If that sounds a little daunting, I would say not to worry. You’ll have weekly meetings with your thesis advisor to talk about what you’re reading and learning, and to give you suggestions on what to read next, or help you solidify your topic. One resource that I always wish I had used in the planning stage is the library’s Research Consultants. As far as I know, they sit down with you and essentially give you a crash course in best practices for designing a research project, which might save you some mistakes.
Q: And the second semester?
A: Haha, like the first, I have mixed feelings about the second semester. EURO 692H is another independent study. I really pushed myself to be finished writing very early, but I know a lot of people like to take their time. Whatever the case is, I would say just make yourself start as soon as you can. I had about a month of mental paralysis where I couldn’t even make myself write an outline. I would definitely recommend NOT doing that. Talk to your advisors — they’ve been there before, and they probably have some tips and tricks to help you get started. Once I got going, it was a piece of cake, although I definitely developed an addiction to sweet tea and cookie dough to fuel late-night writing. I also spent a lot of time going through the Writing Center’s Thesis page, which was so helpful.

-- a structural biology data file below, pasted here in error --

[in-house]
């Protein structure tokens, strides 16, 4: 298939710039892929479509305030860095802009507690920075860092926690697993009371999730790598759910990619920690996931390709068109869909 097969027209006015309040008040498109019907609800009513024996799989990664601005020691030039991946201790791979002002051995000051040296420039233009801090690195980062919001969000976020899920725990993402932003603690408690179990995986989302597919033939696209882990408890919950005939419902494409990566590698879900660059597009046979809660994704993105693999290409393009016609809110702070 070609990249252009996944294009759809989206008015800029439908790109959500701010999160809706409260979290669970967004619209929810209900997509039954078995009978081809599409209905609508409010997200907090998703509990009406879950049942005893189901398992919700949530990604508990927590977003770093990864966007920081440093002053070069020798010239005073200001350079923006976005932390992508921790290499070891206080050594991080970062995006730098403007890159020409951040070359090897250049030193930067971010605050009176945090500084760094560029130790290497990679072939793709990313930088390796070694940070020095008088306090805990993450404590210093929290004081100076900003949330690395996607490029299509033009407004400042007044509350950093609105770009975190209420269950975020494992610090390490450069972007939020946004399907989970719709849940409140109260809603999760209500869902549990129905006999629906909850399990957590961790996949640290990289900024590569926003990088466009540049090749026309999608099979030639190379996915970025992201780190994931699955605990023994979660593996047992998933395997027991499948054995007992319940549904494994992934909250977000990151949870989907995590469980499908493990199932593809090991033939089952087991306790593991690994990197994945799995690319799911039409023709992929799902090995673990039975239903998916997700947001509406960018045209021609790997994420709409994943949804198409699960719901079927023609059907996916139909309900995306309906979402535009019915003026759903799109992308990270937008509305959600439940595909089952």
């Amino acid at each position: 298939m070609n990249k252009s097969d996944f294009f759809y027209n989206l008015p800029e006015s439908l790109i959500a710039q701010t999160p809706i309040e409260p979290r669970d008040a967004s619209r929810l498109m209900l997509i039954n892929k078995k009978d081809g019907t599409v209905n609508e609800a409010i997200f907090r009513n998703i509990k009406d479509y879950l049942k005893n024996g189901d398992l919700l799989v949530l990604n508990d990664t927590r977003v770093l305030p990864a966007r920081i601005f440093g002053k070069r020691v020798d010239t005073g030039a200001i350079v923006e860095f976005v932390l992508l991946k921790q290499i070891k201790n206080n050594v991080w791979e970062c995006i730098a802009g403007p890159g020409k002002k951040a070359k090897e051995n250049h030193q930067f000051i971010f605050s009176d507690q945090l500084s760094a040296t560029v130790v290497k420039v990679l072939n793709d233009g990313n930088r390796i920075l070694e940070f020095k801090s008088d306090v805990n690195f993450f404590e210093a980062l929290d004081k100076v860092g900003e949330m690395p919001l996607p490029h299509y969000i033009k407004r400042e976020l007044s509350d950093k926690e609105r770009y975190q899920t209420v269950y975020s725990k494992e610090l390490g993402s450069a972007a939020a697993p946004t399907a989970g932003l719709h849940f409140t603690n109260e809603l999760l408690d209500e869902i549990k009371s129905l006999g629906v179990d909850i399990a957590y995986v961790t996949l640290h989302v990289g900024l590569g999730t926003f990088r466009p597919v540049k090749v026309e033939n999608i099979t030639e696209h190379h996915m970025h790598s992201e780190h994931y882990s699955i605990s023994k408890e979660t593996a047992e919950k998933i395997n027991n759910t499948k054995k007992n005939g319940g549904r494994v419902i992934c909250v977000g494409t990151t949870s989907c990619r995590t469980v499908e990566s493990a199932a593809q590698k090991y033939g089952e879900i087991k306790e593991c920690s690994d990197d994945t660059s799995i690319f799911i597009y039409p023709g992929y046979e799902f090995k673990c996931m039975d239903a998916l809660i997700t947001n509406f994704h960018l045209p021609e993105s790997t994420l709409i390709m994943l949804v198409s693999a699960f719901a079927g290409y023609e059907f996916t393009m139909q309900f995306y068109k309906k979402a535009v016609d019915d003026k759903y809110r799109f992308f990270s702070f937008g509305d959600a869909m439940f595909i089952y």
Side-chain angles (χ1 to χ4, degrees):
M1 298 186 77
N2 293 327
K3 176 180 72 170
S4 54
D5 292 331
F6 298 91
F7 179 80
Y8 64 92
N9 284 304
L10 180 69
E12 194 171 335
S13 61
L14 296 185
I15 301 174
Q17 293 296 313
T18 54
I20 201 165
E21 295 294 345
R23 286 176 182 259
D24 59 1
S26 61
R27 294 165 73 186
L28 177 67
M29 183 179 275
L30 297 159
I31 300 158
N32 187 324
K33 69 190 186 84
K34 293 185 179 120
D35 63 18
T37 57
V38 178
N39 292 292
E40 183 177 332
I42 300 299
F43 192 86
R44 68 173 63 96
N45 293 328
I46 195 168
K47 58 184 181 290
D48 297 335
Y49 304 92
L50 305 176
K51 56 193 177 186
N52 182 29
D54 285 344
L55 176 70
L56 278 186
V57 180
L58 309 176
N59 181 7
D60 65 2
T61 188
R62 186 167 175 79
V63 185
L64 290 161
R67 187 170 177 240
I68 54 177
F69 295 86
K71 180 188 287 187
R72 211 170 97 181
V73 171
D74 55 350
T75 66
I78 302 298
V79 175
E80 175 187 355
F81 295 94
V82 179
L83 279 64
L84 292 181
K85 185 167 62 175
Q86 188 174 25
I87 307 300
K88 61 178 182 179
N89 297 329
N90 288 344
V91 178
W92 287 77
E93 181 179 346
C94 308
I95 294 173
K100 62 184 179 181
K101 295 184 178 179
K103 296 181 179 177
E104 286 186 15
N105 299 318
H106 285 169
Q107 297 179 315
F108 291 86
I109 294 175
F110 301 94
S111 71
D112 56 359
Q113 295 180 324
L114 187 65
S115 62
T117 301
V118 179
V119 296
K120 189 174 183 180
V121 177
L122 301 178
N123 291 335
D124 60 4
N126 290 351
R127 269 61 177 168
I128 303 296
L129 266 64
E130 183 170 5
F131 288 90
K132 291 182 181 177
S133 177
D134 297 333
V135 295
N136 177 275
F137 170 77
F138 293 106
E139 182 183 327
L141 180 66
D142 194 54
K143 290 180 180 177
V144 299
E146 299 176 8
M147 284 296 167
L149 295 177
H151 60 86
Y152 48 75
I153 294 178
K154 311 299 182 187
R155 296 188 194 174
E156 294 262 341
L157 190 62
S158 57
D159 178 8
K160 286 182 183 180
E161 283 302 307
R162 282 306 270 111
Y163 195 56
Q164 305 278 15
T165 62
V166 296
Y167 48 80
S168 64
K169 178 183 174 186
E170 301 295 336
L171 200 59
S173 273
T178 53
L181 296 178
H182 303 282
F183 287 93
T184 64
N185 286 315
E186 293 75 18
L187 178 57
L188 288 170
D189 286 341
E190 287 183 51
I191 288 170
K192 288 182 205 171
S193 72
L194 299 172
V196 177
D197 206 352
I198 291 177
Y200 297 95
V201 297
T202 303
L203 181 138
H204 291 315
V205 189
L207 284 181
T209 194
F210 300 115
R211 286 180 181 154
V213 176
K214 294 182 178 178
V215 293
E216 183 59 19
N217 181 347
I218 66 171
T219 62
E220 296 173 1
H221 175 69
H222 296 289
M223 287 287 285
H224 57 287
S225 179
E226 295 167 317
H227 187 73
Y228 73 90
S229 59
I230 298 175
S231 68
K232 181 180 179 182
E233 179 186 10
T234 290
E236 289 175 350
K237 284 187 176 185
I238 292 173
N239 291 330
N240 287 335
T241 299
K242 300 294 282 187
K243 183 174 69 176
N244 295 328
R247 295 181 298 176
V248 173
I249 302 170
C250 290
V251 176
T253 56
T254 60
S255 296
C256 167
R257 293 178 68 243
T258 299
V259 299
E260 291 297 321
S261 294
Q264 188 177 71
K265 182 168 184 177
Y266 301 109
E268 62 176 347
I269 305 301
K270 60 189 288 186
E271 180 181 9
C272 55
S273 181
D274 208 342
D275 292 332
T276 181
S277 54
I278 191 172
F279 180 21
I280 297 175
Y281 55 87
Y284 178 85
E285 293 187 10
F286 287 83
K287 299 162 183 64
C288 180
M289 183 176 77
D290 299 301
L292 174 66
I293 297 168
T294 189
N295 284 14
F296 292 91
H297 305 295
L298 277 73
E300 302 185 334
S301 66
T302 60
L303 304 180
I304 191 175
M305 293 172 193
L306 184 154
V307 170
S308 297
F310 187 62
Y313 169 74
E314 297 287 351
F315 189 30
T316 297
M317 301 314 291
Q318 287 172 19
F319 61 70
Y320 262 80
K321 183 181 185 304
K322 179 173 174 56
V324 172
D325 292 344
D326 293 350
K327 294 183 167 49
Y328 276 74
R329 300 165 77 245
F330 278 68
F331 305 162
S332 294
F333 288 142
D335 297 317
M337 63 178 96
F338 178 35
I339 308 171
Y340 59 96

Once you write your first draft, you’ll send it to your advisor, and possibly your reader(s), and you’ll discuss it, and then repeat the process in a round or two of edits. Once you’ve edited (by mid-late March), you’ll work with your advisor to pick a date for you to defend your research.
Q: Defend? That sounds intense…
A: It is a little bit, but mostly it’s a celebration of your work. You’ll explain your research to a panel of 2–4 faculty (one of whom is your advisor — you may or may not be responsible for selecting the other 1–3 readers as well), and then you’ll answer questions about your work. These questions aren’t meant to make you feel bad, or like you don’t understand — in my experience, the defense was more about helping me articulate the connection between my research and larger scholarly discourse. Everyone’s might be different, but I would say that this will probably be the calmest defense you’ll have in your academic career.
Once you defend, you’ll receive honors or highest honors, and then submit your thesis to the Carolina Digital Repository, which is also a great resource when you’re planning your thesis, to see what other people have done before you.
Q: So what happens next?
A: First, go pick up your gold Honors cord to wear at graduation! Then, take a break — you’ve earned it! In all seriousness, though, I’d say it’s really up to you. Maybe you present your research at a conference or two, or submit pieces of it to JOURney, or the NC Journal of European Studies (undergraduate journal housed by CES) among others. Maybe you throw it away in your virtual closet to gather dust until you find it five years later and realize what a genius you are. All of these are completely valid responses, but I would say take a moment to breathe, relax, and be proud. Not many people can say they’ve done what you did, and you’ve put to practice skills that will continue serving you throughout your career, whether you realize it or not.
If you still have questions about the thesis in EURO, feel free to reach out to Brett Harris for a student’s perspective, or contact the EURO Advisor, Katie Lindner.